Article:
Philippines-Vietnam Seascape: Marcos Paves the Way for Enhanced Maritime Cooperation

Nestled in a corner of the Pacific Ocean, the South China Sea is the center of one of the biggest maritime disputes. Every country along its coast is involved in this complex geopolitical struggle. The main point of contention is China’s aggressive attempt to impose severe humiliation on its neighbors by gaining total control over the South China Sea. China’s narrative directly contradicts the territorial integrity of nations like the Philippines and Vietnam, which both have long coastlines along this disputed sea region. 

The world economy heavily depends on the South China Sea. A staggering $3.4 trillion of the $16 trillion global maritime shipping industry passed through its seas in 2016. This vast territory, which is roughly 3,500,000 km2, is bordered to the north by South China, to the west by Vietnam, to the east by the islands of Taiwan and the Philippines, and to the south by the islands of Indonesia and Malaysia. The South China Sea Islands, which are made up of many archipelago clusters with hundreds of seamounts, islets, and small, uninhabited islands, are the center of conflicting sovereignty claims from various nations. Asia’s most potentially explosive source of conflict arises from these disagreements over the many names given to the islands and the sea. 

In recent developments, the President of the Philippines, Ferdinand Marcos Jr., is currently on a tour in Hanoi, the capital of Vietnam, for a crucial meeting aimed at fostering greater collaboration, particularly in the maritime domain. President Marcos announced that talks on maritime cooperation with Vietnam will be a cornerstone in establishing a strategic partnership between the two Southeast Asian nations. Prior to his departure for a two-day state visit to Hanoi, Marcos emphasized his commitment to enhancing this aspect, emphasizing the promotion of peace and stability in the region.

During his visit, President Marcos is slated to engage with top officials from Vietnam, with a specific focus on agreements related to coastguard collaboration and rice supply. Given Vietnam’s significance as a major rice exporter and the Philippines being one of the world’s largest importers of rice, this collaboration holds strategic importance. It is anticipated that closer ties and collaboration will contribute to the formation of a strong alliance. With two-way trade exceeding US$7.8 billion last year, the trading relationship between Vietnam and the Philippines has become crucial for both nations, and further expansion is expected as their relationship deepens.

President Marcos expressed optimism that his visit would elevate bilateral relations, ushering in a new era of friendship and cooperation. Beyond maritime affairs, discussions are anticipated to cover a broad spectrum, including trade, investment, education, tourism, and addressing regional as well as multilateral concerns.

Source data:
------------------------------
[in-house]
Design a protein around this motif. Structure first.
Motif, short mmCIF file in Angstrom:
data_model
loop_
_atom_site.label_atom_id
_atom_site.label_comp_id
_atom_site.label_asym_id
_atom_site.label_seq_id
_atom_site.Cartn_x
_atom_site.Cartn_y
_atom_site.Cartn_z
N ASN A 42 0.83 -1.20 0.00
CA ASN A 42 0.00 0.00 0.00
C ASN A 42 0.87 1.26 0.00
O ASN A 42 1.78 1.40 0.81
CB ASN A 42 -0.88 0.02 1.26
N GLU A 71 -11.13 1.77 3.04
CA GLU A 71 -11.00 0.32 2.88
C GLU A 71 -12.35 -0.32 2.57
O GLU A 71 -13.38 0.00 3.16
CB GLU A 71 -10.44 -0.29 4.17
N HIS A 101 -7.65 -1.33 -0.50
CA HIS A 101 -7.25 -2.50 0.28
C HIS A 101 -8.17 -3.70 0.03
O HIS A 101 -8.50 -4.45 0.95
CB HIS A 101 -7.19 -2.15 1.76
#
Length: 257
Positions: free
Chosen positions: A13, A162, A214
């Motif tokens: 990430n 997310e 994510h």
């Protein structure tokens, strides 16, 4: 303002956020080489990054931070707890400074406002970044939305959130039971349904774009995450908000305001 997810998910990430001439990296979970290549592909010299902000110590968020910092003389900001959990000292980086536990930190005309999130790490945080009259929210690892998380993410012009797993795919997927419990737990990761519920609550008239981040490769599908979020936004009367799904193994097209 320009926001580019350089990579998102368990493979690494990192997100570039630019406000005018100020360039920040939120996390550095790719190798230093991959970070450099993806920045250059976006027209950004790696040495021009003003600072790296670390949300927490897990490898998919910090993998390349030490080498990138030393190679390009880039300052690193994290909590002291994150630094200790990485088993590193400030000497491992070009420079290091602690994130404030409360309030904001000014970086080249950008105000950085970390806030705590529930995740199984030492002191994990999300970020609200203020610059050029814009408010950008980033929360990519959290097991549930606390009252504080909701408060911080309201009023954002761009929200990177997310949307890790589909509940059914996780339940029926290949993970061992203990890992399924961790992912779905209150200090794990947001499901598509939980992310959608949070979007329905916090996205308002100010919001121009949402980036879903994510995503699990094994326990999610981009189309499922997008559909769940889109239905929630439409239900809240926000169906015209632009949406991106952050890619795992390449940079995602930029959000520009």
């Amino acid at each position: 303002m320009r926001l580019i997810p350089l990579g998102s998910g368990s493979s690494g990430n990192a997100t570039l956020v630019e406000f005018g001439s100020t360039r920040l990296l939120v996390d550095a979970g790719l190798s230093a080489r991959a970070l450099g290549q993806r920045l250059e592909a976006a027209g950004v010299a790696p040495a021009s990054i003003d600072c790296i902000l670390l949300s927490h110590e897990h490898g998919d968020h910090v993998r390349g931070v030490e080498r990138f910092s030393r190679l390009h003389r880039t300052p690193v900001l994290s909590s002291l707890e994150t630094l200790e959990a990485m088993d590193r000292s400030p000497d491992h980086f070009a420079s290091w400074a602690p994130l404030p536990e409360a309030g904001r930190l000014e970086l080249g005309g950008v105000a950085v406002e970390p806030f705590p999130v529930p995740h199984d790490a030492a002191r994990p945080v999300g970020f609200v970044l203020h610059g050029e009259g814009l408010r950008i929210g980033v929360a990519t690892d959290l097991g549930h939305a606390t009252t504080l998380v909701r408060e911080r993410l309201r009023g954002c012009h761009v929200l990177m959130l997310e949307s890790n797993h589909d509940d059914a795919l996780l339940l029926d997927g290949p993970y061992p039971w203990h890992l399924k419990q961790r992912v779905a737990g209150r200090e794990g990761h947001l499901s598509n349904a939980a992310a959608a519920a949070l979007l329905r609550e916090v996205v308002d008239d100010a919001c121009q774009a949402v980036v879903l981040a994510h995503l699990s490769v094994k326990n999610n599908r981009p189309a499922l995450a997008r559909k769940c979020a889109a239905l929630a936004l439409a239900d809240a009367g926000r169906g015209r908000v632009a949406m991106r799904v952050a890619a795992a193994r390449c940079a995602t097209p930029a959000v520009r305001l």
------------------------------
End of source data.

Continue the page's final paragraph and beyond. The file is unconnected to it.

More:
The historical roots of Philippines-Vietnam relations extend back for centuries. Following the conclusion of the Cold War, these relations witnessed a significant warming, despite Vietnam’s alignment with the Soviet Union and the Philippines’ affiliation with the United States during that era. Although territorial disputes over the Spratly Islands persist, involving Brunei, China, Malaysia, and Taiwan, recent bilateral ties have generally been characterized as amicable.

Both nations disapprove of China’s nine-dash map, and they advocate for a multilateral diplomatic approach, considering the United Nations Convention on the Law of the Sea (UNCLOS) as a mechanism for dispute resolution. Notably, Vietnam has been drawing closer to Europe and the U.S., prompting some experts to suggest that Vietnam is emerging as the new strategic partner for the West. This shift is not viewed favorably by China, leading to a deterioration in the relationship.

As Vietnam becomes a more prominent ally of the U.S. in the region, the country seeks to foster stronger ties with Vietnam as part of its strategy to secure allies in the face of China’s increased influence in Southeast Asia. The recent visit by the President of the Philippines can be seen in the context of follow-ups to the visits by the U.S. and German presidents to Hanoi, indicating the intricate diplomatic dynamics at play in the region.

It represents the optimal partnership that the U.S. seeks in the region to counter China’s aggression. Despite territorial disputes in the Spratlys, both nations consider each other diplomatic allies and members of ASEAN, averting potential military conflicts. Positioned strategically along a vital maritime route, these two countries can economically leverage the current Western sentiments of discontent towards China and potential future trade disputes. For both Vietnam and the Philippines, this situation presents both opportunities and risks concurrently.